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Spring @Qualifier Annotation with Example

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  • Last Updated : 22 Feb, 2022

Spring is one of the most popular Java EE frameworks. It is an open-source lightweight framework that allows Java EE 7 developers to build simple, reliable, and scalable enterprise applications. This framework mainly focuses on providing various ways to help you manage your business objects. It made the development of Web applications much easier than compared to classic Java frameworks and application programming interfaces (APIs), such as Java database connectivity (JDBC), JavaServer Pages(JSP), and Java Servlet. This framework uses various new techniques such as Aspect-Oriented Programming (AOP), Plain Old Java Object (POJO), and dependency injection (DI), to develop enterprise applications. Now talking about Spring Annotation

Spring Annotations are a form of metadata that provides data about a program. Annotations are used to provide supplemental information about a program. It does not have a direct effect on the operation of the code they annotate. It does not change the action of the compiled program. 

One of the most important annotations in spring is @Qualifier annotation which is used to eliminate the issue of which bean needs to be injected. Let’s understand this line by an example. 

Note: It is highly recommended that you need first understand the Spring @Autowired Annotation before jumping into @Qualifier Annotation.

Implementation: 

Let’s first understand the problem with the @Autowired Annotation then we will understand why @Qualifier Annotation has been introduced. So first let’s create a class named Human and Human class does has a dependency on another class named Heart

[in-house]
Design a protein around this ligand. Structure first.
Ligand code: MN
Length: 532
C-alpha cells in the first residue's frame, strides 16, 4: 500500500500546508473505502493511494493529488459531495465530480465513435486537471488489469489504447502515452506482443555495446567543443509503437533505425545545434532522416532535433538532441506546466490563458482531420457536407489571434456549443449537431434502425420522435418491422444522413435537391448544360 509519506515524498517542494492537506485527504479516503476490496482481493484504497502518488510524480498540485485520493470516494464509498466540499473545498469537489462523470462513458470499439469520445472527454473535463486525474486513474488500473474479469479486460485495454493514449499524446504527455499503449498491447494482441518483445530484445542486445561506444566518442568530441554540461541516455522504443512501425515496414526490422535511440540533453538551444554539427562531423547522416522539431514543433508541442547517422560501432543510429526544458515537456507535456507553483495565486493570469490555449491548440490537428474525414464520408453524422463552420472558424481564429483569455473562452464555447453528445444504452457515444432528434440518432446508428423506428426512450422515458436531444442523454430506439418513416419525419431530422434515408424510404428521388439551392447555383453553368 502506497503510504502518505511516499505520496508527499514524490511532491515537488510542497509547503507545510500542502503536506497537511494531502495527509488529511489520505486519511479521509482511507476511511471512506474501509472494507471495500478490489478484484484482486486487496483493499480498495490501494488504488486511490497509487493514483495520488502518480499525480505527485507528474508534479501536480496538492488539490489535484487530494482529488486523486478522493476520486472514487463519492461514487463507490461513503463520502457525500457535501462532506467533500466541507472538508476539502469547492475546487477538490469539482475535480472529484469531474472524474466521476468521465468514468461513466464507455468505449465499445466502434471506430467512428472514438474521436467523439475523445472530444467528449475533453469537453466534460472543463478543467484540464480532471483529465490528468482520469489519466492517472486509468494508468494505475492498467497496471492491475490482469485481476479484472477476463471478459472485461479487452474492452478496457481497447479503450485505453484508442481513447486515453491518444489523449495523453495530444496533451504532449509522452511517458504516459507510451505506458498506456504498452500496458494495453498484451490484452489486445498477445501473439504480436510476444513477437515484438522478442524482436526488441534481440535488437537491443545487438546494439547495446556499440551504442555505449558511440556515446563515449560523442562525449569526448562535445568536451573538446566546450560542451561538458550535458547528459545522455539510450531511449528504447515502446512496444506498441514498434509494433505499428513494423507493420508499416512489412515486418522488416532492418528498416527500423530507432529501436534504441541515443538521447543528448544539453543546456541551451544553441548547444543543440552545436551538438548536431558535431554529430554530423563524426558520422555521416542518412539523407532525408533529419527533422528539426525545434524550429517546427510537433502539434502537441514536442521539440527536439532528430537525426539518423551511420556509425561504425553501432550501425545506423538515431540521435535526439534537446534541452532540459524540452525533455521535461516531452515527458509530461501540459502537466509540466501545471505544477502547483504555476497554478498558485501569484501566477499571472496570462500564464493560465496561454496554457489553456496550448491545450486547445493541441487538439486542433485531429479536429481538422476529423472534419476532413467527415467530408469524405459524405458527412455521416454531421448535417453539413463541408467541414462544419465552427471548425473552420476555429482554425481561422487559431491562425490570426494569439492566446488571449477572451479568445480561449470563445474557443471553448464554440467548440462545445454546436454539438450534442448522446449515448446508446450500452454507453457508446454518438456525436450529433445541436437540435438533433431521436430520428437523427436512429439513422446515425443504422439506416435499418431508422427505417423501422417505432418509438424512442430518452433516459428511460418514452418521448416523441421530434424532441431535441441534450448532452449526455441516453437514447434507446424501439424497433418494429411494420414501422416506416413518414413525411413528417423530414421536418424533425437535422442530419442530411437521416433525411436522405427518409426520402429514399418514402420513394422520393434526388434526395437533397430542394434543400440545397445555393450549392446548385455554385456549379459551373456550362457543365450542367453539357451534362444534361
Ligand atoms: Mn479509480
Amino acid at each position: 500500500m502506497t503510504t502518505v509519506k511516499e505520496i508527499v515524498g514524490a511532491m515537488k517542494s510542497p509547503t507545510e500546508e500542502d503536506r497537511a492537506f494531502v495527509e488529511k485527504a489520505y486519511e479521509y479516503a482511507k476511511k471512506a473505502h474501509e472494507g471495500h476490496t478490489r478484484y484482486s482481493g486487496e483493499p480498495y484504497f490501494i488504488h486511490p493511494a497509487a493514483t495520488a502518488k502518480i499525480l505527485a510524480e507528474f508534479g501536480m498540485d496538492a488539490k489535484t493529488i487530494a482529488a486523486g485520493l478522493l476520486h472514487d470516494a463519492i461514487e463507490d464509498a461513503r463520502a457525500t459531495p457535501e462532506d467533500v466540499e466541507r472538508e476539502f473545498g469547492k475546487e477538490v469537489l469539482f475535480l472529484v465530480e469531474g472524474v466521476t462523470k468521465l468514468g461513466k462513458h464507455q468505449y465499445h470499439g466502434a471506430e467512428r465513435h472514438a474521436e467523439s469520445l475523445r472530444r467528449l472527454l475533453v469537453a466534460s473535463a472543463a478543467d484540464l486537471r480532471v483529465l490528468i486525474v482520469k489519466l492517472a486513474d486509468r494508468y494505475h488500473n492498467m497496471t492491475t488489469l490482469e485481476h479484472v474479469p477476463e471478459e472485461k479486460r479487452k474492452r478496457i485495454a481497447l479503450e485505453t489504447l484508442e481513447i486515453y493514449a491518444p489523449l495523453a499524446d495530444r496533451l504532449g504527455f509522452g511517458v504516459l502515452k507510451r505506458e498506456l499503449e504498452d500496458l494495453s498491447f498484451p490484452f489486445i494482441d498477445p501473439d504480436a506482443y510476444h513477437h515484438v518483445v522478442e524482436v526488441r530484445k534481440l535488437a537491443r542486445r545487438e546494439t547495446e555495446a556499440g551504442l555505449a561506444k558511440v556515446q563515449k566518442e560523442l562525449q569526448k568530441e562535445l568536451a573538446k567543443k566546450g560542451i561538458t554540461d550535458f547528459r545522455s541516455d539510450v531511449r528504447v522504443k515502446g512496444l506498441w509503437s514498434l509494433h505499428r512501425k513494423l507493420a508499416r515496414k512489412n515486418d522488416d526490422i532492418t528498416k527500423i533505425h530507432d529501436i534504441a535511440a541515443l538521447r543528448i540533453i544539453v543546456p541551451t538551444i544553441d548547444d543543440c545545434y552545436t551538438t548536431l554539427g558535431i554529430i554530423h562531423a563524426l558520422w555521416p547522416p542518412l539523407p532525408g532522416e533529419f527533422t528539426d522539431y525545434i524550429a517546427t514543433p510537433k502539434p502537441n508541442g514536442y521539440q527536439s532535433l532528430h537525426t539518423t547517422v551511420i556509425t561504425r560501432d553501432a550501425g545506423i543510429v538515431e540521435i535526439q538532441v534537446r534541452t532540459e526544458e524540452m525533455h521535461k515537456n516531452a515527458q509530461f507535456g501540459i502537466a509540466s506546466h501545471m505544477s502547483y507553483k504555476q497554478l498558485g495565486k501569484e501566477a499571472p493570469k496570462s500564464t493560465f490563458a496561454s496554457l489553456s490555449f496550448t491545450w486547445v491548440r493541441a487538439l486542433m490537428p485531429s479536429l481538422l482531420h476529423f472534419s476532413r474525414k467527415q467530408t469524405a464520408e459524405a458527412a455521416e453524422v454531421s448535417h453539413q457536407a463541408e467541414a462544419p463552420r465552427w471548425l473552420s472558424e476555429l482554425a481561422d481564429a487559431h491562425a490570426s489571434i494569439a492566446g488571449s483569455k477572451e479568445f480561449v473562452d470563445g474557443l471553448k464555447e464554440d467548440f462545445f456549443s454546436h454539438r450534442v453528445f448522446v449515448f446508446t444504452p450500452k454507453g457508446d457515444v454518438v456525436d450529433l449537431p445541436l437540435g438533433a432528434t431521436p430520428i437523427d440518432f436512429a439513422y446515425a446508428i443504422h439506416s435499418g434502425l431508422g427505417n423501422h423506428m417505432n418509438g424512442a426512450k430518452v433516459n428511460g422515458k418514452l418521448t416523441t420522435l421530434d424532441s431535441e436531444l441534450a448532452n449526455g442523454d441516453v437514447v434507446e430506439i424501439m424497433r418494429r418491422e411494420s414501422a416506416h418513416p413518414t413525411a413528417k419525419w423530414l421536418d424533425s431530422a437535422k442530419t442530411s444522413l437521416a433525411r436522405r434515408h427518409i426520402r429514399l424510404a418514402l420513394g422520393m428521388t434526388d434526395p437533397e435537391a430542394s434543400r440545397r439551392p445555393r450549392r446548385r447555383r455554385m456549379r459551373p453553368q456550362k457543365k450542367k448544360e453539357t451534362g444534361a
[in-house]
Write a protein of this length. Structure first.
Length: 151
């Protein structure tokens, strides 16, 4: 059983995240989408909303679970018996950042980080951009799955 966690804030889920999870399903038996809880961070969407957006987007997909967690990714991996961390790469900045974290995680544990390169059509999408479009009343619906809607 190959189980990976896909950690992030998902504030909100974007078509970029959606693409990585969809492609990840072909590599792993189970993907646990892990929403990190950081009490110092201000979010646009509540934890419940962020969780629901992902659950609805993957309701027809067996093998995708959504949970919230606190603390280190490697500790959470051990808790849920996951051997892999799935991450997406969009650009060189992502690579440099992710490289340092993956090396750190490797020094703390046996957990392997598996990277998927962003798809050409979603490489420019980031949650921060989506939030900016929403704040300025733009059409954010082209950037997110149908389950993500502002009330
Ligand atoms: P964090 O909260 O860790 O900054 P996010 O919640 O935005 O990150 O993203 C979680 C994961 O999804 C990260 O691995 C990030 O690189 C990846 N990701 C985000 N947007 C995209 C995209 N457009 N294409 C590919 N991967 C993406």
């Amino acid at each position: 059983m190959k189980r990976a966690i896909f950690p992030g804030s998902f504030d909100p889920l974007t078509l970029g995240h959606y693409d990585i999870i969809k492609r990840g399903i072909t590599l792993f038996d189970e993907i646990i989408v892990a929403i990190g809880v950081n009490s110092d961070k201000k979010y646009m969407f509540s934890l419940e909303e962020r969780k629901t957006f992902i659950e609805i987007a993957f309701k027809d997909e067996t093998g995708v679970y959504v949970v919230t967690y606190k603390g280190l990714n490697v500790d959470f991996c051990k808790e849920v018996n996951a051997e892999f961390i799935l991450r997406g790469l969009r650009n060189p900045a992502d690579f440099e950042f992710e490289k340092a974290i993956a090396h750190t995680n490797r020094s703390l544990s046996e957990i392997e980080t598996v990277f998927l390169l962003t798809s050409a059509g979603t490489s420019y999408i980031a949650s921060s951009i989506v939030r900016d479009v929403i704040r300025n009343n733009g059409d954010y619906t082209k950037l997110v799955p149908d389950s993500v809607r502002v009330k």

A File: Human.java

Java




public class Human {
    private Heart heart;
}

B File: Heart.java

This class has only one simple method named pump().

Java




public class Heart {
    public void pump() {
        System.out.println("Heart is Pumping");
    }
}

Now we want to inject the object of the Heart class inside the Human class by using the @Autowired annotation. So for this thing, we can write the code something like this

Example 

Java




// Java Program to Illustrate Injection of object of the
// Heart class inside the Human class using the @Autowired
// annotation
 
import org.springframework.beans.factory.annotation.Autowired;
import org.springframework.beans.factory.annotation.Qualifier;
 
// Class
public class Human {
 
    private Heart heart;
 
    // Annotation
    @Autowired public void setHeart(Heart heart)
    {
        this.heart = heart;
    }
 
    // Method
    // Calling method of Heart class
    public void startPumping() { heart.pump(); }
}

C File: beans.xml
 So in the beans.xml file, we can write the code something like this

XML




<?xml version="1.0" encoding="UTF-8"?>
       xmlns:context="http://www.springframework.org/schema/context"